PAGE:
Why Now’s The Time To Be A Ruthless Dictator

Kim Jong Un

The Article: Why it’s a good time to be a dictator like Kim Jong-un by Jonathan Freedland in The Guardian.

The Text: In the early 1990s, when I was in my infancy as a reporter, the dominant international story was the war in the Balkans. Several of my peers made their names covering that war and were deeply affected by it. What motivated at least a few of them was not the desire simply to be on the front page or lead the evening news, but a passionate urge to let the world know what was happening. Several believed that, if only the world could see what they could see in Bosnia, then it would act.

Perhaps the authors of the latest UN report into human rights in North Korea felt a similar motivation. They can be satisfied that, thanks to their 372-page study, no one now can claim to be ignorant of the horrors committed in that place. They are laid out in stomach-turning detail: the torture, the deliberate starvation, the executions committed in a network of secret prison camps. The individual cases break the heart: the seven-year-old girl beaten to death over a few extra grains of food; the boy whose finger was chopped off for accidentally dropping a sewing machine in the factory where he was forced to work; and, most shocking of all, the mother forced to drown her just-born baby in a bowl of water.

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What We Mean When We Say Hello

United States

The Article: What We Mean When We Say Hello by Deborah Fallows in The Atlantic.

The Text: Last week I wrote about conversation starters that follow “Hello” and “How do you do.” Many dozens of you have written in and generously included your comments and interpretations of what you think people actually mean when they say something like “Where do you live?” or “Where are you from?”

Here is what you’ve said so far:

The most popular suggestion is some version of “Where do you live?” But as you describe, you are really after an answer offering some social-economic-cultural hints about a person’s life.

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Rand Paul On The Need For A New Republican Party

Rand Paul

The Article: Rand Paul: We need ‘a new Republican Party’ — not small changes by Aaron Blake in The Washington Post.

The Text: Sen. Rand Paul (R-Ky.) says in a new interview that the Republican Party needs an overhaul rather than minor changes.

“I think Republicans will not win again in my lifetime, for the presidency, unless they become a new GOP, a new Republican Party,” Paul said on Glenn Beck’s show. “And it has to be a transformation — not just a little tweaking at the edges.”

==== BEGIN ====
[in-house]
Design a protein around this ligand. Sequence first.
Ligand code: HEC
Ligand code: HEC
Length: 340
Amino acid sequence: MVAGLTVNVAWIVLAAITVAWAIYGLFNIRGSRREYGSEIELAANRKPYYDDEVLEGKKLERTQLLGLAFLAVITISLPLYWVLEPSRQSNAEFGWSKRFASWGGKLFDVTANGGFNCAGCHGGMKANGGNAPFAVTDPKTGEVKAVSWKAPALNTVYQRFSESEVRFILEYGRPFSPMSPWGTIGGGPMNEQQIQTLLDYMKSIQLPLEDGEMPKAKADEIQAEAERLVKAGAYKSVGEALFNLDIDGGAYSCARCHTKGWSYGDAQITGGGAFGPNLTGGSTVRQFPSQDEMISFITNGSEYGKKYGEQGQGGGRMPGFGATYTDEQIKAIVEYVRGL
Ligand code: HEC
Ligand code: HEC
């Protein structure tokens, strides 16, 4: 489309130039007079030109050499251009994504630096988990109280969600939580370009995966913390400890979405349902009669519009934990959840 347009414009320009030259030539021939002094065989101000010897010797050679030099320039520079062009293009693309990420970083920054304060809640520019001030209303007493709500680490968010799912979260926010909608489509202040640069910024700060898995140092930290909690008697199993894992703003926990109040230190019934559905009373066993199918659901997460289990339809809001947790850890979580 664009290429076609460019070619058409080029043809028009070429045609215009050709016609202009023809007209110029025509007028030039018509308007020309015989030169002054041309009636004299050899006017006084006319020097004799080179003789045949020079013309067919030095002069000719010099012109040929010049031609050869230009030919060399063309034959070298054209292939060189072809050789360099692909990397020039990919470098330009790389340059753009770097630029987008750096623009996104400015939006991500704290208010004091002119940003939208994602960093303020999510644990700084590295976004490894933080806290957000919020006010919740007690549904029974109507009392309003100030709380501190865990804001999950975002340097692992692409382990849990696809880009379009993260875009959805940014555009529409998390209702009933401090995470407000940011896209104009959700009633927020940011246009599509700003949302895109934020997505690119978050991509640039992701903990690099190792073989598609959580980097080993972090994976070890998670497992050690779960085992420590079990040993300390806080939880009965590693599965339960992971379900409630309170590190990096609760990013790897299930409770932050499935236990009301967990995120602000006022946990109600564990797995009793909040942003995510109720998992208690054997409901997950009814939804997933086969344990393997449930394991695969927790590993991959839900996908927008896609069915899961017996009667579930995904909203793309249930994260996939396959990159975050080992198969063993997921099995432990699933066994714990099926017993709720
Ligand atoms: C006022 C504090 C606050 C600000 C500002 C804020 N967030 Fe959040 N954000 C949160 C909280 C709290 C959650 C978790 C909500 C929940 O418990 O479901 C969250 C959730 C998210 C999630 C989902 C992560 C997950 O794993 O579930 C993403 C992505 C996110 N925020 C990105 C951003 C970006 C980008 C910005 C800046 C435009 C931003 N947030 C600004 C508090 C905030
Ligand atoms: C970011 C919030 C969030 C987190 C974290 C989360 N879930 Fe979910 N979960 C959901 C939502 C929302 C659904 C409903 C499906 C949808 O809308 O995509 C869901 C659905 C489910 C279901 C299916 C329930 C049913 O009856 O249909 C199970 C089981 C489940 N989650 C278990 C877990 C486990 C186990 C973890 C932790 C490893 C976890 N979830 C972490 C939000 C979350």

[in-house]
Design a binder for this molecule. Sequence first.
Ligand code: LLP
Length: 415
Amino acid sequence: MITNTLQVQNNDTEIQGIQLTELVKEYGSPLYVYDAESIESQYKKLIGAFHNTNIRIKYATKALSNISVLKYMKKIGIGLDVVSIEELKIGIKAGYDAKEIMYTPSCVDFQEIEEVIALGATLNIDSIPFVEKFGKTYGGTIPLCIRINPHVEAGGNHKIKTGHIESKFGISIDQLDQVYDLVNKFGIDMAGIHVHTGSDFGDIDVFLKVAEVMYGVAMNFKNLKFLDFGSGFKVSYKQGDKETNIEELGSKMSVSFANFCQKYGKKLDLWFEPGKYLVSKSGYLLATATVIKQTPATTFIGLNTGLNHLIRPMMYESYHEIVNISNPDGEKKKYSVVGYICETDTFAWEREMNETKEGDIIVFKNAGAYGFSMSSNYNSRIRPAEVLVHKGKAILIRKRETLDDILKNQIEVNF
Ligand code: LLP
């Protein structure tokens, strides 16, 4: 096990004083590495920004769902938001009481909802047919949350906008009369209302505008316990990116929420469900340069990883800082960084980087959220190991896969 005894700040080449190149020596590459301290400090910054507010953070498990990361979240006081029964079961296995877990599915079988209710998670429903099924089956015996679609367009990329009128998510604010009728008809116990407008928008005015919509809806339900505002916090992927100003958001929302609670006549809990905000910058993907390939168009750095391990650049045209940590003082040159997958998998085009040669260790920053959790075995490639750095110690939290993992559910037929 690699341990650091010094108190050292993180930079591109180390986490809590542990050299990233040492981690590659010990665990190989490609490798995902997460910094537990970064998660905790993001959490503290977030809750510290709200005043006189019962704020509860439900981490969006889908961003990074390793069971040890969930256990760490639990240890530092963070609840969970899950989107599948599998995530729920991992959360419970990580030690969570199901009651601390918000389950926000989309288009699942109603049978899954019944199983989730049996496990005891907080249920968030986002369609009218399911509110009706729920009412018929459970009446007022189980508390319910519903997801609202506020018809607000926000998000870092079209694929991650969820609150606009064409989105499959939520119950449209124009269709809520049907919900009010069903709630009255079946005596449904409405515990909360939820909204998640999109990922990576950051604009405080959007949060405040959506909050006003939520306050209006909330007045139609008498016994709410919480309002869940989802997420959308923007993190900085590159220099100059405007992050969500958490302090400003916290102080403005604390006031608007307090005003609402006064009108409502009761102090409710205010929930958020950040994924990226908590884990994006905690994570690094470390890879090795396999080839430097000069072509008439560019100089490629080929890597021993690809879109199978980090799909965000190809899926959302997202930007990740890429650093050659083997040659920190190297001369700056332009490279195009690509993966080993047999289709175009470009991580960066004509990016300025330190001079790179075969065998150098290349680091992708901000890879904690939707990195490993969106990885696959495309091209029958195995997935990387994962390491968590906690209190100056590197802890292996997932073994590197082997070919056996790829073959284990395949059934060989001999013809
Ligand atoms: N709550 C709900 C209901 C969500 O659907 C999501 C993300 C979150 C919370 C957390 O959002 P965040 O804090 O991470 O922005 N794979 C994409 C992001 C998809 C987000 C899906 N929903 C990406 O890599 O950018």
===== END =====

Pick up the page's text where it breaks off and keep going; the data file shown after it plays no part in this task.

The tea party favorite said it’s much more productive for people like him to refashion the GOP than to go the third-party route like his father, former congressman Ron Paul (Tex.), did early in his career. (Paul was the Libertarian Party nominee in 1988 but later returned to the GOP and ran for that party’s nomination twice.)

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How A Shitty Economy Affects Your Love Life

Couple Fighting On Couch

The Article: How America’s Terrible Economy May Be Ruining Your Love Life by Sam Pizzigati in AlterNet.

The Text: Finding true love, philosophers have always understood, can get complicated in deeply unequal places. Grand fortunes tend to give Cupid a hard time, on Valentine’s Day and every other.

“If you gain fame, power, or wealth, you won’t have any trouble finding lovers,” as Philip Slater noted years ago in The Pursuit of Loneliness, “but they will be people who love fame, power, or wealth.”

But philosophers no longer have a corner on the love-and-inequality connection. All sorts of social scientists are now working that intersection where wealth and romance meet — and they’re uncovering an assortment of troubling trends.

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What College Graduates Regret

College Regret

The Article: What College Graduates Regret by Eleanor Barkhorn in The Atlantic.

The Text: What’s the most important thing a college student can do to ensure she’ll have a job after graduation? The most common answer to that question lately: Pick the right major. Major in science or engineering, you’ll have no trouble finding work. Study the humanities, and you’re doomed. A recent BuzzFeed video takes this idea to its comic extreme. A bunch of underemployed liberal-arts graduates try to talk a group of college kids out of repeating their mistakes, “Scared Straight”-style.

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